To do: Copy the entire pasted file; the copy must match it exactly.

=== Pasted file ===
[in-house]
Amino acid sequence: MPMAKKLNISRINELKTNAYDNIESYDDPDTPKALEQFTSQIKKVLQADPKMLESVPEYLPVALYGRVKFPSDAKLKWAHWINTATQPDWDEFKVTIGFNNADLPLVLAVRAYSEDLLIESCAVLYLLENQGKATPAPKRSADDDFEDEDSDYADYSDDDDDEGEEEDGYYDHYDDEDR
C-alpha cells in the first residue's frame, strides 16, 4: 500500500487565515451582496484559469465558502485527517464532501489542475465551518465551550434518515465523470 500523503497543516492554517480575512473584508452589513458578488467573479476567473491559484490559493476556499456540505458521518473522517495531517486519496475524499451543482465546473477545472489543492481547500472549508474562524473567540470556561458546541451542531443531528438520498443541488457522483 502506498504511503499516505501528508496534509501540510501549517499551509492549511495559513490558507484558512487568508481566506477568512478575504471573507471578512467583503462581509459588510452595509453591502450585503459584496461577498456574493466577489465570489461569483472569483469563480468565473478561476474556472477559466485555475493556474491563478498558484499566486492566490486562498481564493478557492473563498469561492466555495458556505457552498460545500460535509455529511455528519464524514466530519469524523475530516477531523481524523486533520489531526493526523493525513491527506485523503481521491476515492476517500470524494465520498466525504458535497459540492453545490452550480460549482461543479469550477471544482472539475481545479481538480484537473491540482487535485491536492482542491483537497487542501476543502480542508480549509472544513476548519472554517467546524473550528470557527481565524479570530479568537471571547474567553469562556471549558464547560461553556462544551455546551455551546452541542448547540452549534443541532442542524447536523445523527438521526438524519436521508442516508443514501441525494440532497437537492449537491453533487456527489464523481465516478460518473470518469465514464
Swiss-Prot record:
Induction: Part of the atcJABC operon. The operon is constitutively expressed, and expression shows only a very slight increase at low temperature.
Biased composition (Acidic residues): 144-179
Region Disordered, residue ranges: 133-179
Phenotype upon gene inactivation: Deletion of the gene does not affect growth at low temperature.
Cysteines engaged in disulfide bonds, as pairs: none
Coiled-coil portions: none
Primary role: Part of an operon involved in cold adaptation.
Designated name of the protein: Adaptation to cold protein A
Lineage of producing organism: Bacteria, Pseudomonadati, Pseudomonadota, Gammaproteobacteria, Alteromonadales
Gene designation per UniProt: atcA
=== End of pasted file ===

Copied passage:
[in-house]
Amino acid sequence: MPMAKKLNISRINELKTNAYDNIESYDDPDTPKALEQFTSQIKKVLQADPKMLESVPEYLPVALYGRVKFPSDAKLKWAHWINTATQPDWDEFKVTIGFNNADLPLVLAVRAYSEDLLIESCAVLYLLENQGKATPAPKRSADDDFEDEDSDYADYSDDDDDEGEEEDGYYDHYDDEDR
C-alpha cells in the first residue's frame, strides 16, 4: 500500500487565515451582496484559469465558502485527517464532501489542475465551518465551550434518515465523470 500523503497543516492554517480575512473584508452589513458578488467573479476567473491559484490559493476556499456540505458521518473522517495531517486519496475524499451543482465546473477545472489543492481547500472549508474562524473567540470556561458546541451542531443531528438520498443541488457522483 502506498504511503499516505501528508496534509501540510501549517499551509492549511495559513490558507484558512487568508481566506477568512478575504471573507471578512467583503462581509459588510452595509453591502450585503459584496461577498456574493466577489465570489461569483472569483469563480468565473478561476474556472477559466485555475493556474491563478498558484499566486492566490486562498481564493478557492473563498469561492466555495458556505457552498460545500460535509455529511455528519464524514466530519469524523475530516477531523481524523486533520489531526493526523493525513491527506485523503481521491476515492476517500470524494465520498466525504458535497459540492453545490452550480460549482461543479469550477471544482472539475481545479481538480484537473491540482487535485491536492482542491483537497487542501476543502480542508480549509472544513476548519472554517467546524473550528470557527481565524479570530479568537471571547474567553469562556471549558464547560461553556462544551455546551455551546452541542448547540452549534443541532442542524447536523445523527438521526438524519436521508442516508443514501441525494440532497437537492449537491453533487456527489464523481465516478460518473470518469465514464
Swiss-Prot record:
Induction: Part of the atcJABC operon. The operon is constitutively expressed, and expression shows only a very slight increase at low temperature.
Biased composition (Acidic residues): 144-179
Region Disordered, residue ranges: 133-179
Phenotype upon gene inactivation: Deletion of the gene does not affect growth at low temperature.
Cysteines engaged in disulfide bonds, as pairs: none
Coiled-coil portions: none
Primary role: Part of an operon involved in cold adaptation.
Designated name of the protein: Adaptation to cold protein A
Lineage of producing organism: Bacteria, Pseudomonadati, Pseudomonadota, Gammaproteobacteria, Alteromonadales
Gene designation per UniProt: atcA